The Poem

(Critical Guide to Poetry for Students)

“The Emperor of Ice-Cream” is a short but intensely compacted poem of sixteen lines, divided into two stanzas. The title reflects the irony and complexity of the poem as a whole, perhaps suggesting that humans are no more resistant to death than ice cream is to the sun. The poem is filled with the visual imagery, wordplay, humor, and thematic tension common to Wallace Stevens’s poetry.

The poem is written in the third person, seemingly by someone who is assembling a group of people both to create and to attend a wake (it is common in some cultures to have a celebration of the life of the person who has died, with food and drink, after a time of mourning) for a poor woman. In stanza 1 there is a call for a person muscular enough to whip up desserts by hand; evidently there is not enough money for an electric mixer, let alone someone who would be paid to cater the food. The desserts will have to be served in kitchen cups; there is no fine china or crystal. The common people who will attend will come in their everyday clothes, rather than formal attire; the flowers will be brought in last month’s newspapers, rather than in vases, or as wreaths or other floral arrangements. All these details suggest that there is nothing fancy or special about death and its aftermath; indeed, in this poem, death is so ordinary as to be shocking and unusual rather than trite, because Stevens avoids the euphemisms and denials that often accompany the details and...

(The entire section is 457 words.)

Forms and Devices

(Critical Guide to Poetry for Students)

Language play is an important feature of this poem, as it is in many of Stevens’s poems. Given the associations many readers will have with curds (for example, curdled milk, which is spoiled, or Miss Muffett being scared by the spider), “concupiscent curds” (line 3) may seem like a poetic oxymoron (a conjunction of incongruous or contradictory terms). In fact, however, Stevens is pointing to the fact that something as ordinary and bland as milk may, if whipped properly, be turned into ice cream, a dessert that is to many people so luscious, sweet, and desirable that it is the object of a food-lust.

Other words are used as puns (words with multiple and often contradictory meanings, which may be serious as well as humorous); one example is “dumb” (line 14), which suggests both that the dead woman is no longer intelligent and that she is as mute and silent as the grave. Stevens also uses the sound devices of assonance and alliteration to emphasize the musical quality of the poem. In line 3, for example, “cups concupiscent curds” uses the alliterative device of four hard c sounds in only three words; “dresser of deal” in line 9 is alliterative in a similar fashion.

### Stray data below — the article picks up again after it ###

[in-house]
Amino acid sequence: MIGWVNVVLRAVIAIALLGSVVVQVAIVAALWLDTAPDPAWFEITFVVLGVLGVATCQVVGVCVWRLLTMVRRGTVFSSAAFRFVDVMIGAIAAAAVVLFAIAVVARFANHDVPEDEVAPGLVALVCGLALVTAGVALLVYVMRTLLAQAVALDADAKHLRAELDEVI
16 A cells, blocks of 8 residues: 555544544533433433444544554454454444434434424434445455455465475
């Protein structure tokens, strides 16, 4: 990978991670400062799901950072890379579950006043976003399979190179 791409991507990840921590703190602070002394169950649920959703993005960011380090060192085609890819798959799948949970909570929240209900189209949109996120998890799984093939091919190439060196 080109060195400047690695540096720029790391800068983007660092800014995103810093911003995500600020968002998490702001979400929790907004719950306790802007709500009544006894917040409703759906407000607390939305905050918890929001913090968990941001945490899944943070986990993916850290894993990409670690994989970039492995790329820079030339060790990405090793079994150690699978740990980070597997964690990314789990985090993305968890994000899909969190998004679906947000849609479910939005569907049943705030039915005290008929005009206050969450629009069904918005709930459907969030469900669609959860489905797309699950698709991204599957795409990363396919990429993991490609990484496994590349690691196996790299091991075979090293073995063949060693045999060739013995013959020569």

Another device common in the poem is the use of ordinary images to create an extraordinary scene. One such image is that of the person making the ice cream; he has strong enough hands, wrists, and forearms to do it because he makes hand-rolled cigars, a special art in Stevens’s time. A second image of those who will be attending the wake is the “wenches,” or serving girls; a wench is not only a serving girl but also, by connotation, a “loose woman.” The central image of the poem, however, is certainly “the emperor of ice-cream.” This metaphor is complex and ambiguous enough, in fact, to be a literary symbol rather than simply a metaphor.


(Masterpieces of American Literature)

Bates, Milton J. Wallace Stevens: A Mythology of Self. Berkeley: University of California Press, 1985.

Bloom, Harold. Wallace Stevens. Philadelphia: Chelsea House, 2003.

Cleghorn, Angus J. Wallace Stevens’ Poetics: The Neglected Rhetoric. New York: Palgrave, 2000.

Critchley, Simon. Things Merely Are: Philosophy in the Poetry of Wallace Stevens. New York: Routledge, 2005.

Ford, Sara J. Gertrude Stein and Wallace Stevens: The Performance of Modern Consciousness. New York: Routledge, 2002.

Leggett, B. J. Late Stevens: The Final Fiction. Baton Rouge: Louisiana State University Press, 2005.

Morse, Samuel F. Wallace Stevens: Poetry as Life. New York: Pegasus, 1970.

Santilli, Kristine S. Poetic Gesture: Myth, Wallace Stevens, and the Motions of Poetic Language. New York: Routledge, 2002.

Sharpe, Tony. Wallace Stevens: A Literary Life. New York: St. Martin’s Press, 2000.